Category: dealsSource: nytNov 8th, 2022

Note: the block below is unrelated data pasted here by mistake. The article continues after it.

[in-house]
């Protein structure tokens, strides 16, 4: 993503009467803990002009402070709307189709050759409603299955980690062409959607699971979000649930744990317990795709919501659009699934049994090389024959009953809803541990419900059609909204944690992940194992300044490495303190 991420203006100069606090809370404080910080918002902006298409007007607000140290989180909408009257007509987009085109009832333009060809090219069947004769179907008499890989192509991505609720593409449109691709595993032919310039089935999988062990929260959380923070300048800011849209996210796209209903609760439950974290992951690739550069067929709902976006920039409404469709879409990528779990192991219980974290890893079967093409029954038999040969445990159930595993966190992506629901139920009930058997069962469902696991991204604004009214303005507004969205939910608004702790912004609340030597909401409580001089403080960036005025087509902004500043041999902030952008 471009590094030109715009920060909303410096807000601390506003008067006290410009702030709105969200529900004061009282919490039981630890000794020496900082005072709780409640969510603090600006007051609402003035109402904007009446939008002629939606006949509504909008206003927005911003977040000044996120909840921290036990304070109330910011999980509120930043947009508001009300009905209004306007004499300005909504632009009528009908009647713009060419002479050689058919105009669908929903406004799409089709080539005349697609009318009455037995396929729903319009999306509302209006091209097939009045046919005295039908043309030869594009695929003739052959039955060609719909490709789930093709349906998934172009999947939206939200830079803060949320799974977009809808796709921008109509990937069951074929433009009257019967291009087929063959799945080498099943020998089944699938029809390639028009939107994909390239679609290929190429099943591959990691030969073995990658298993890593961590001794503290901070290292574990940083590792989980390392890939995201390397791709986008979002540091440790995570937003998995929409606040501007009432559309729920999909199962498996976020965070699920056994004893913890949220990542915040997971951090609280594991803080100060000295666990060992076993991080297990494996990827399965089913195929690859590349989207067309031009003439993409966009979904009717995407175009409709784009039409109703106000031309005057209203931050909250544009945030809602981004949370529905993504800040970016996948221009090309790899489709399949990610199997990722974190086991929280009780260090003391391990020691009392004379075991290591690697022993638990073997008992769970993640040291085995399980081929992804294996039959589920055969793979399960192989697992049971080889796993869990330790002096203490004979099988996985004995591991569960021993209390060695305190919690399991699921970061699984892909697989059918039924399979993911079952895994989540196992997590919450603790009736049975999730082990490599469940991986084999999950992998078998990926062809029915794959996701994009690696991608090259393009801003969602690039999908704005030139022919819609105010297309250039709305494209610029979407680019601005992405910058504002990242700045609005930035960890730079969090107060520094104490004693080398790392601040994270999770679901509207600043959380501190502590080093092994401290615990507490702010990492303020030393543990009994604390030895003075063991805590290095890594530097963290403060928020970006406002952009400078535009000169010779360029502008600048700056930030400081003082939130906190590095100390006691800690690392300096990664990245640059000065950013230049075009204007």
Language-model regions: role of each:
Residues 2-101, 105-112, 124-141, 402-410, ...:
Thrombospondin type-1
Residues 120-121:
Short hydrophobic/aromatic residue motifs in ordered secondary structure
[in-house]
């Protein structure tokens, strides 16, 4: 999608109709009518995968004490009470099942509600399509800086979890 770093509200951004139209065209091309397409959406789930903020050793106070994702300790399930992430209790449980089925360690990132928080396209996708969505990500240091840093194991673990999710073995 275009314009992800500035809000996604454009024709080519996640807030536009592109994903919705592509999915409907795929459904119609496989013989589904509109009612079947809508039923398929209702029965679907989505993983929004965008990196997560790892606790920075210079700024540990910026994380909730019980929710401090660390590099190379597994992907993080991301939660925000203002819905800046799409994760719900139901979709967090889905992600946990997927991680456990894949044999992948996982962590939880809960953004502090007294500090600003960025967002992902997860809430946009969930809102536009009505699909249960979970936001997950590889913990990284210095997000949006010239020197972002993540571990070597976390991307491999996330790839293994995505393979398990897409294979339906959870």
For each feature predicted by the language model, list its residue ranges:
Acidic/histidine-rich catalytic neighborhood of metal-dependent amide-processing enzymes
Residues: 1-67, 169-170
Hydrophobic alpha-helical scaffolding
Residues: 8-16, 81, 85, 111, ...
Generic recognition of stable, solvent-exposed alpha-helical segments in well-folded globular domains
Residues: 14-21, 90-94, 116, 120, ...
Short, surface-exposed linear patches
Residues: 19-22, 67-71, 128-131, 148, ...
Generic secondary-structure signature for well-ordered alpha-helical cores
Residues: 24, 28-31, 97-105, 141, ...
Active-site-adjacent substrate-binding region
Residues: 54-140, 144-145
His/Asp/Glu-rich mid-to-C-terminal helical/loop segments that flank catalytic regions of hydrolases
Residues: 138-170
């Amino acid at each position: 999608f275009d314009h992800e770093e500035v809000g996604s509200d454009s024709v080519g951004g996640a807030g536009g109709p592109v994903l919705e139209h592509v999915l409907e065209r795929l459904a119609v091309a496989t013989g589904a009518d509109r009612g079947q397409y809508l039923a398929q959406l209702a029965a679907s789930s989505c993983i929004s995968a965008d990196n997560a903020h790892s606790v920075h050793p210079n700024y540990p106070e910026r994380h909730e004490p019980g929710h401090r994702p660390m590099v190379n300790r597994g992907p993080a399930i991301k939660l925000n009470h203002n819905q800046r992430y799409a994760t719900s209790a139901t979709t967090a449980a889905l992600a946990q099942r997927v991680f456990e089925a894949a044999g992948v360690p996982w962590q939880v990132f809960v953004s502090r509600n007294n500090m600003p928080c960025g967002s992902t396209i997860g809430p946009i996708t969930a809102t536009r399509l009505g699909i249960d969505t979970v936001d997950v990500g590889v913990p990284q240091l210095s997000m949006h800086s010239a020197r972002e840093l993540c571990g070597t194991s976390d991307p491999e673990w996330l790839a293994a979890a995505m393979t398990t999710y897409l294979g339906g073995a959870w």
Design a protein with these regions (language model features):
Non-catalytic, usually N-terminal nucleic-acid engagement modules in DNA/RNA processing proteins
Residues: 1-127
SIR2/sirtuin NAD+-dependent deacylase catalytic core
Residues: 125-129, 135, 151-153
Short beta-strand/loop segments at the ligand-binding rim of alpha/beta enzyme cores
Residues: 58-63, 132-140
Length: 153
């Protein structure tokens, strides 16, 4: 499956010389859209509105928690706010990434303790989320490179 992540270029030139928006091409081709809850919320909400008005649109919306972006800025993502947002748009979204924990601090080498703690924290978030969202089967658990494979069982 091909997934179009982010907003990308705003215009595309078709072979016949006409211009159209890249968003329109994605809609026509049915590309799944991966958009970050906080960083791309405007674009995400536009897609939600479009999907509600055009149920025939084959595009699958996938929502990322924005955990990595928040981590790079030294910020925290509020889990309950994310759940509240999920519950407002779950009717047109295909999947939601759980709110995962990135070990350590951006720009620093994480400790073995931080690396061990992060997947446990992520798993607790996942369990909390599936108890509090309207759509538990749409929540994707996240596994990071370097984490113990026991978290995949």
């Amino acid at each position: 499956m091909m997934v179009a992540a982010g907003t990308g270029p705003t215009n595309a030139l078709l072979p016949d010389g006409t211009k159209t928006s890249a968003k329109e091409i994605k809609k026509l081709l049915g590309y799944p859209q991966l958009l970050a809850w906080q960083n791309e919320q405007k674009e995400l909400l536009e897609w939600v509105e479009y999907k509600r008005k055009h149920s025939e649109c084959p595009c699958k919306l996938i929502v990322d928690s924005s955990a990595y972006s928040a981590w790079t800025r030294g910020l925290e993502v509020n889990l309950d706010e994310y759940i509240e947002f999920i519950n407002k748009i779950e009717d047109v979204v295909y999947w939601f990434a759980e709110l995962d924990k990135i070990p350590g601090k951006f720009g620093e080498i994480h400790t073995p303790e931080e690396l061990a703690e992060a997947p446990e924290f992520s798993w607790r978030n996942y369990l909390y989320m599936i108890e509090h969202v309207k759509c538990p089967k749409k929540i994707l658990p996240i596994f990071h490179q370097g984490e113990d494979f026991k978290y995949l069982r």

Jim Obergefell"s Supreme Court case helped legalize same-sex marriage 7 years ago. Now, he could become the only openly gay member of Ohio"s state House.